nights at serampore: a few favorite anthologies.

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  1. Herbert Van Thal, The First Pan Book of Horror Stories.
  2. Ray Bradbury, Timeless Stories for Today and Tomorrow.
  3. Italo Calvino, Fantastic Tales: Visionary and Everyday.
  4. Mike Mitchell, The Dedalus Book of Austrian Fantasy: 1890-2000.
  5. Groff Conklin, Science Fiction Terror Tales.
  6. John Pelan, Century’s Best Horror Volumes One and Two.
  7. Dorothy L. Sayers, The Omnibus of Crime.
  8. David G. Hartwell, The Science Fiction Century.
  9. Alberto Manguel, Black Water: The Book of Fantastic Literature, Black Water: More Tales of the Fantastic.
  10. Leonard Wolf, Wolf’s Complete Book of Terror.

This is not an anthology Top 10. If it was, it would be terribly out of order and also guilty of excluding a very well known work, The Weird by the Vandermeers. I chose these because they a) were extremely influential to me, b) are lesser known than they should be, and/or c) have eccentric inclusions. (I’ve also excluded a number of anthologies, including some that would be on a best of listing, just because I’ve covered them here before.) If this were a rough Top 10, for what it’s worth, Alberto Manguel’s Black Water series would be at the very top, just above The Weird. You can see that it takes some from the earlier Sayers anthology, as well as snippets from the Borges/Ocampo/Casares work, The Book of Fantasy, but he does an incredible job resurrecting little known works of tremendous power. Take a look at Manguel’s website for a better formatted version of the table of contents, in the “Anthologies” section under the “Works” header.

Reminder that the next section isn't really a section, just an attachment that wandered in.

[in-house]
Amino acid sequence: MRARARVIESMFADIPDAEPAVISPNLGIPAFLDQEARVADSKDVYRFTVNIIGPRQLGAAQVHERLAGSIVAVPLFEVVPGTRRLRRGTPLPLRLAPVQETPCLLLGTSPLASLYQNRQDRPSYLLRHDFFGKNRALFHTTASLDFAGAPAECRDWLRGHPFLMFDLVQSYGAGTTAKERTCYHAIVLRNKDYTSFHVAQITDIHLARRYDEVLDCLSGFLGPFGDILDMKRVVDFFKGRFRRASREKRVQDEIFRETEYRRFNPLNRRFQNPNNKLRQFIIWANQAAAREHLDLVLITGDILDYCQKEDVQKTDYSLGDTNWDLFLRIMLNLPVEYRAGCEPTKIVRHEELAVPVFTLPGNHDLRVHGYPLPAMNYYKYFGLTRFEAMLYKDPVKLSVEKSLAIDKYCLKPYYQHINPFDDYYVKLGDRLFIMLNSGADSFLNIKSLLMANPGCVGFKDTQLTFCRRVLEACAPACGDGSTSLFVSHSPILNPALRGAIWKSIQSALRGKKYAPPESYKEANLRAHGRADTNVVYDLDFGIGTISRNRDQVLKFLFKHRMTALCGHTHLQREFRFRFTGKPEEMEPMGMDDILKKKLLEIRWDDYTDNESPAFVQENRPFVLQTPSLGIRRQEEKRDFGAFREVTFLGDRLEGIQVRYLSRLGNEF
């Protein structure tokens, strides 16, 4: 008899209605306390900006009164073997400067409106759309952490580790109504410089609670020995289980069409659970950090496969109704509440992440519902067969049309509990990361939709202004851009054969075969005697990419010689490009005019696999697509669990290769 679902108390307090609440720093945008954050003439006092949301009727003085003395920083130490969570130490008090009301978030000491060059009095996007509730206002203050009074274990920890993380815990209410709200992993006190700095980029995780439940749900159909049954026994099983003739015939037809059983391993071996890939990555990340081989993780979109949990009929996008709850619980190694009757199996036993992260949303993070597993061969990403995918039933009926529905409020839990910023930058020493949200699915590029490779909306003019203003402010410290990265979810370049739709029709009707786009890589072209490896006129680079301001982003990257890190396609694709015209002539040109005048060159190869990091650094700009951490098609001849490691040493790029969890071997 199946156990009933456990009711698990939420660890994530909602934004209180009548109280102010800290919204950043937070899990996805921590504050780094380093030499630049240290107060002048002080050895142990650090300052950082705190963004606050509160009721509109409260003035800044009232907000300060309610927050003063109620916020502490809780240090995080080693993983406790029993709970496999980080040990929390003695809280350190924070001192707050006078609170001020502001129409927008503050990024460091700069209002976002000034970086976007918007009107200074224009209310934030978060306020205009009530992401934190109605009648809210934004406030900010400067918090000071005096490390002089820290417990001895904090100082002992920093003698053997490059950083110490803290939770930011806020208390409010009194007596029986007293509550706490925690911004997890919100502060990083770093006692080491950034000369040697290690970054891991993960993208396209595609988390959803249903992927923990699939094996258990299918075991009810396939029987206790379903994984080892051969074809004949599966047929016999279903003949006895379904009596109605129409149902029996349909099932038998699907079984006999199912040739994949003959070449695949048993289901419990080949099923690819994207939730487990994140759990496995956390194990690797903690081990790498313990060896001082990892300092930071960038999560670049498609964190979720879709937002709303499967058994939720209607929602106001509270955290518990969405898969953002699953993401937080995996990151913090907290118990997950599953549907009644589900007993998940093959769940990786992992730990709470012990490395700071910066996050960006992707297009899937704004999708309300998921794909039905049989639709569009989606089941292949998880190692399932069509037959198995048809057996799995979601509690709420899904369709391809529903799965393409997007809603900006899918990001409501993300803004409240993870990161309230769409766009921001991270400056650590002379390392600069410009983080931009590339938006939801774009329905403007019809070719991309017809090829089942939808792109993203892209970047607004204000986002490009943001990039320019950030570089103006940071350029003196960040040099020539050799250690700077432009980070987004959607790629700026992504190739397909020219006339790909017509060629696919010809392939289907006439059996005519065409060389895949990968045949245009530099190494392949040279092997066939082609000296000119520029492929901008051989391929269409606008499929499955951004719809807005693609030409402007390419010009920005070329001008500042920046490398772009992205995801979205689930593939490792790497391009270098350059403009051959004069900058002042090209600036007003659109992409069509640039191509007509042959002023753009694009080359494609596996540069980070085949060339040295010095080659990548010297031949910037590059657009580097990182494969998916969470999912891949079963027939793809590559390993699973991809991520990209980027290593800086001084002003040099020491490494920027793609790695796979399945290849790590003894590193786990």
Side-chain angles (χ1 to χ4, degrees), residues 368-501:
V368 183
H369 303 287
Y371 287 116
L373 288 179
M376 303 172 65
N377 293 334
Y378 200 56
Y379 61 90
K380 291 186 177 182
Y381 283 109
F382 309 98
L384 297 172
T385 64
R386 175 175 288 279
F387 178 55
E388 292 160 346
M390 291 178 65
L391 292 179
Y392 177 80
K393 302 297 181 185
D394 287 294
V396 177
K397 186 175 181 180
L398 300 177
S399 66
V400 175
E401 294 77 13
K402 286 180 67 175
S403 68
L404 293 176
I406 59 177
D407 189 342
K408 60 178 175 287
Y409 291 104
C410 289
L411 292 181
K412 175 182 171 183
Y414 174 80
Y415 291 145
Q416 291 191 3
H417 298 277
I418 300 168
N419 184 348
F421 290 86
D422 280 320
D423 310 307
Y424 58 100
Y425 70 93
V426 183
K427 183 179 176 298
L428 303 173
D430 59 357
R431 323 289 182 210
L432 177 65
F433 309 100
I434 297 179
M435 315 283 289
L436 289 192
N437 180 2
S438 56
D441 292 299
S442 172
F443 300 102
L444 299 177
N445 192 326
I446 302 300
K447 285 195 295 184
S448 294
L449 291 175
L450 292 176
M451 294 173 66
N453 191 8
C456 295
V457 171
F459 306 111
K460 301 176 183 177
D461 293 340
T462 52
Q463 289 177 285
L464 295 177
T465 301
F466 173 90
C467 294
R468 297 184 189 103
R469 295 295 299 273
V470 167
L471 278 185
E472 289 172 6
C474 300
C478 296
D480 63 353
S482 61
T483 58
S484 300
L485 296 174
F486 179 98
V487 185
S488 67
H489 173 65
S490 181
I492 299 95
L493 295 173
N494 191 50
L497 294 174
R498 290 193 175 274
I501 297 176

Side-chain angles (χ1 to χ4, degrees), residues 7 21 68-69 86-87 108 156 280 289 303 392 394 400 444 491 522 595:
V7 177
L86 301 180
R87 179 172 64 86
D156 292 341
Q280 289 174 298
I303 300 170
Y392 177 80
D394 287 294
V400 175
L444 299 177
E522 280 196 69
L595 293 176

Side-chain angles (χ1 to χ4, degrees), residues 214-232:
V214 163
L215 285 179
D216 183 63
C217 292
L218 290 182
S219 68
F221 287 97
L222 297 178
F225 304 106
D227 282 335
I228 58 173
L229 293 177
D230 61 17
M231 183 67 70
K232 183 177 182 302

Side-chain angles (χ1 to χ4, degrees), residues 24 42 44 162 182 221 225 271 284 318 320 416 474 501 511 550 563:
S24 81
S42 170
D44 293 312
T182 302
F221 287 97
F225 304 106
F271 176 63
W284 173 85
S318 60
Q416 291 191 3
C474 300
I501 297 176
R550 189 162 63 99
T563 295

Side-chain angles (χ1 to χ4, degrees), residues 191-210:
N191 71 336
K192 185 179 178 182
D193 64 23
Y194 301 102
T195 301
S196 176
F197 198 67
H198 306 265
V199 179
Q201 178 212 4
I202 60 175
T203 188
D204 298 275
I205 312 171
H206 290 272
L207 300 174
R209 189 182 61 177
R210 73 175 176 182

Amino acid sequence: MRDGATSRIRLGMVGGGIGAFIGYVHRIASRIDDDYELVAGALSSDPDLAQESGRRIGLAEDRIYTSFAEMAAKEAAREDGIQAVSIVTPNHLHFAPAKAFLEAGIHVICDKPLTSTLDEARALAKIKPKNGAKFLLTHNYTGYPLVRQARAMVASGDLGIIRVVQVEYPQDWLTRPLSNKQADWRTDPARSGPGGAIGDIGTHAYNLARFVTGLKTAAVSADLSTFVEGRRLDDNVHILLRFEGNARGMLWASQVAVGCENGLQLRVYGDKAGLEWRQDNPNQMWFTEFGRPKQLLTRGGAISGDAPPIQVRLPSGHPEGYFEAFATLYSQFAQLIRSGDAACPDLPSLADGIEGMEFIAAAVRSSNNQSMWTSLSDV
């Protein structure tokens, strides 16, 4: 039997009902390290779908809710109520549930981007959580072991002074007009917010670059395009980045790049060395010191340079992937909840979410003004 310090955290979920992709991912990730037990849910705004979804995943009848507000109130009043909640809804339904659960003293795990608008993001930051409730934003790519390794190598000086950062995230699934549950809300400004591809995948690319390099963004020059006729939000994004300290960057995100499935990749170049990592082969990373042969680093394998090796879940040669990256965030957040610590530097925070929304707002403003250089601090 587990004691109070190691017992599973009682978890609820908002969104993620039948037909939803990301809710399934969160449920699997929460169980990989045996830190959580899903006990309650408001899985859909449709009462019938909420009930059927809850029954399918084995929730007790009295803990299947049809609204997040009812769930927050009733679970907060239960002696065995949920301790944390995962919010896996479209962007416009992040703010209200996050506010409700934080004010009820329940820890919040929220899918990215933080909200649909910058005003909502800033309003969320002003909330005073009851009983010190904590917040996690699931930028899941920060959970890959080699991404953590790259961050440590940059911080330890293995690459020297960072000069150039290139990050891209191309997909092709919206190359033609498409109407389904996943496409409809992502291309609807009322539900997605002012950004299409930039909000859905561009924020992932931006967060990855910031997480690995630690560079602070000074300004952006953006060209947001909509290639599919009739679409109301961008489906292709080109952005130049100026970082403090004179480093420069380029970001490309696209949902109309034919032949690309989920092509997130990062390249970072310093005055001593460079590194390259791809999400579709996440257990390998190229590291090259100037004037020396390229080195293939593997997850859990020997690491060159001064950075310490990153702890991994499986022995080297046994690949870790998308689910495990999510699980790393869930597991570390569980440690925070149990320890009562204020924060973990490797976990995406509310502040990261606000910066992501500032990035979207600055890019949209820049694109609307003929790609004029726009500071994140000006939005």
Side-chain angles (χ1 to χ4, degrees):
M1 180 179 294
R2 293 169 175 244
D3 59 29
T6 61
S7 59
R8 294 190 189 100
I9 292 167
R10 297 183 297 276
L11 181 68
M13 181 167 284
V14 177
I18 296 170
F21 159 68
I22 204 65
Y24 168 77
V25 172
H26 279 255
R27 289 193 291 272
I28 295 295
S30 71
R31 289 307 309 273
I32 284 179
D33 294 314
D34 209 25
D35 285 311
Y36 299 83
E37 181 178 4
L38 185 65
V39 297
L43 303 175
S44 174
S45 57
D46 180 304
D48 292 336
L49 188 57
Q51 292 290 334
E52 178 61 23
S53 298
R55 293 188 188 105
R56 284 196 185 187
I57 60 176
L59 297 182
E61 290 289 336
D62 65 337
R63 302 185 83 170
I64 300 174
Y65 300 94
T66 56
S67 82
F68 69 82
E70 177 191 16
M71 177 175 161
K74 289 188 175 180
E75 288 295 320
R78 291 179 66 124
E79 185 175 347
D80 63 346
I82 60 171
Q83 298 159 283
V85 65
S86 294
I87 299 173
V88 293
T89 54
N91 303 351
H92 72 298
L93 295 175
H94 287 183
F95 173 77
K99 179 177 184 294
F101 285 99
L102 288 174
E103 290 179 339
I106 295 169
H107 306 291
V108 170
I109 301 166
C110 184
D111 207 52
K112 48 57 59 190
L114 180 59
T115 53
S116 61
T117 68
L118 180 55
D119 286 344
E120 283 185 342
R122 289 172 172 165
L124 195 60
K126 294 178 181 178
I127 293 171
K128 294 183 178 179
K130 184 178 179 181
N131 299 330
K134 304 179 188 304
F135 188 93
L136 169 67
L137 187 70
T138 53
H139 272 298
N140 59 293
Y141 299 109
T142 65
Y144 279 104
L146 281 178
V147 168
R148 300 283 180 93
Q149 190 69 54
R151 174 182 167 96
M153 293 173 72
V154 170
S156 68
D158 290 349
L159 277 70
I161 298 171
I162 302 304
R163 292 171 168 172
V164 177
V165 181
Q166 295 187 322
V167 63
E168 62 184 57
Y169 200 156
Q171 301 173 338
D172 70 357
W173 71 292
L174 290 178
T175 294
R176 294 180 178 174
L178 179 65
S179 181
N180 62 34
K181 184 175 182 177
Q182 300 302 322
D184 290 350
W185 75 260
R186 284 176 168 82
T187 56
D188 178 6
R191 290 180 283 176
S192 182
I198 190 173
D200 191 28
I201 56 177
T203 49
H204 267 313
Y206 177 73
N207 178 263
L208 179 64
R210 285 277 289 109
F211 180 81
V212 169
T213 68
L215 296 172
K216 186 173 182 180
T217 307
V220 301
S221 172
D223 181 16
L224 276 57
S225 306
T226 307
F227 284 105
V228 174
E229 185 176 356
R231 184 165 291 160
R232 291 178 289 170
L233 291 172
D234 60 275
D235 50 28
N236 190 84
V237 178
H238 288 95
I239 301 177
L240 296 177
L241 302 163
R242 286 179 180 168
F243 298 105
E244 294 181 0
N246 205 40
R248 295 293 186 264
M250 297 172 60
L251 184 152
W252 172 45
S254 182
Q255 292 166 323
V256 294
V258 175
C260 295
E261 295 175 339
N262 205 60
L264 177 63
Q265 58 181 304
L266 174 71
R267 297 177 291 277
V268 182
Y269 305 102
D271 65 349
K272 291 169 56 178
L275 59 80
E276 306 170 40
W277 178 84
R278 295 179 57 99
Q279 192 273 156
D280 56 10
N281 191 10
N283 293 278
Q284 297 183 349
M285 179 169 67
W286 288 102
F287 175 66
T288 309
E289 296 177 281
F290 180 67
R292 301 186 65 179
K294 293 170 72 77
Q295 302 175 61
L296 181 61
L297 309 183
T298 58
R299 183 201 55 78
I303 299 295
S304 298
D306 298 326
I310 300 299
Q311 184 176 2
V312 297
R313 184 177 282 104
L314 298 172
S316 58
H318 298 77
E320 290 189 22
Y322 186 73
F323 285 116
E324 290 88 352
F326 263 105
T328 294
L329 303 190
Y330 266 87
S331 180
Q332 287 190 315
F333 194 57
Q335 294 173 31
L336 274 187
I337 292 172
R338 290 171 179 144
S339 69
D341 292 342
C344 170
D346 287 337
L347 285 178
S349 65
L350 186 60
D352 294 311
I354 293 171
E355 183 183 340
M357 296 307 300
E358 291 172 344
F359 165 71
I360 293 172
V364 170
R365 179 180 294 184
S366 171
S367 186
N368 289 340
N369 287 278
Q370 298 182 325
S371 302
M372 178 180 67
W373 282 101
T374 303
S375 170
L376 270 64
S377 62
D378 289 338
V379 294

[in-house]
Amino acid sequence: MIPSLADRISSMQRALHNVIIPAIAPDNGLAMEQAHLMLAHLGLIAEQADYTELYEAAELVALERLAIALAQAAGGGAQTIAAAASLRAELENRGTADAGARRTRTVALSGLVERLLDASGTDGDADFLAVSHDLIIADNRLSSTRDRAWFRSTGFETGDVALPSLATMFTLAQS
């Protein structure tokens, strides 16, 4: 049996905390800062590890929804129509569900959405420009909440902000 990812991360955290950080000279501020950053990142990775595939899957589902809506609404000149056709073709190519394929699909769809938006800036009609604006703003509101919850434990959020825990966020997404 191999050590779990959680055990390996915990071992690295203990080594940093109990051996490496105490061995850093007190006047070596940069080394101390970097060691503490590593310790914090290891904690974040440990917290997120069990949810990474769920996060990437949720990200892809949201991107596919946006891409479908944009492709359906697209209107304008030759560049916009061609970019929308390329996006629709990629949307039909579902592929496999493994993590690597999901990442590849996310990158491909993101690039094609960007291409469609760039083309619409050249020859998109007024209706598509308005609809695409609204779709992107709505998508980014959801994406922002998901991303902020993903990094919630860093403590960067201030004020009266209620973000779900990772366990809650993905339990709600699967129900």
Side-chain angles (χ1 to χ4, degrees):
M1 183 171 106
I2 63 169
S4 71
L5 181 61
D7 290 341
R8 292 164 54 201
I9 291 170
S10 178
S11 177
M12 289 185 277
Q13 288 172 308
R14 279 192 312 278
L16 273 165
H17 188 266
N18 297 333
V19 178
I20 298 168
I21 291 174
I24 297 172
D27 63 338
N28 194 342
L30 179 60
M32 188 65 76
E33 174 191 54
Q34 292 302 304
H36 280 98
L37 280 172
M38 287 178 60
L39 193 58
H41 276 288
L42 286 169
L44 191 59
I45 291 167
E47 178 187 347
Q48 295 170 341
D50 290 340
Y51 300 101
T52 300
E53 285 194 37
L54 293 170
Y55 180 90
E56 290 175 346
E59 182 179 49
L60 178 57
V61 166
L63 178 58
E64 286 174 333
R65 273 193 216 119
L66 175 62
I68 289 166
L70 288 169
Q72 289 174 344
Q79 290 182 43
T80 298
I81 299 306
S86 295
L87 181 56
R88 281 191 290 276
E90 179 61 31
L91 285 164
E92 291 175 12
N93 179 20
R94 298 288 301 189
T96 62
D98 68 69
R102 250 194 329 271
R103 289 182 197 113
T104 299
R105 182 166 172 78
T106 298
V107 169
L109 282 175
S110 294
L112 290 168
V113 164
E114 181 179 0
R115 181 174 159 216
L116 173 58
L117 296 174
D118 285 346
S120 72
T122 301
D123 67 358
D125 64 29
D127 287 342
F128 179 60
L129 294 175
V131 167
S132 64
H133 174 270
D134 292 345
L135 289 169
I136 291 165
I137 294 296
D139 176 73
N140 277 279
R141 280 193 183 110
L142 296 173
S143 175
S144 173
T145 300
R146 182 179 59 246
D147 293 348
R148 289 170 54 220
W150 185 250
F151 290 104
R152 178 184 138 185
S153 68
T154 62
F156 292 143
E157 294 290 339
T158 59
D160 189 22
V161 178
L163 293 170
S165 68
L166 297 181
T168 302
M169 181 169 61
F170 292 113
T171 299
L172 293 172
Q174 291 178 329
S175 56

The Wolf anthology was the christening of my prodigal return to dark and fantastic fiction after a long journey away. The First Pan book is justly legendary and surprisingly potent still, packed with gem after gem, ranging from ghastly pulp grue to literate, ambiguous strangeness. I think it has the best selection of any in the Pan Horror series. I won’t give a detailed breakdown of every book here, but the Conklin is great, the Bradbury is wonderful, the Mitchell stunning. Pelan’s selections I find goofy sometimes, but I’m a fan of doorstoppers, and Century’s Best fits the bill and is chock full of excellent obscurities.

I’ve been recovering from some detestable illness and a bout of insomnia, so the entries on here have been frankly shit for some period of time. I have more in depth posts I’ve been working on, and really want to do something on Joanna Russ, especially her collection The Hidden Side of the Moon, which was spectacular.

 

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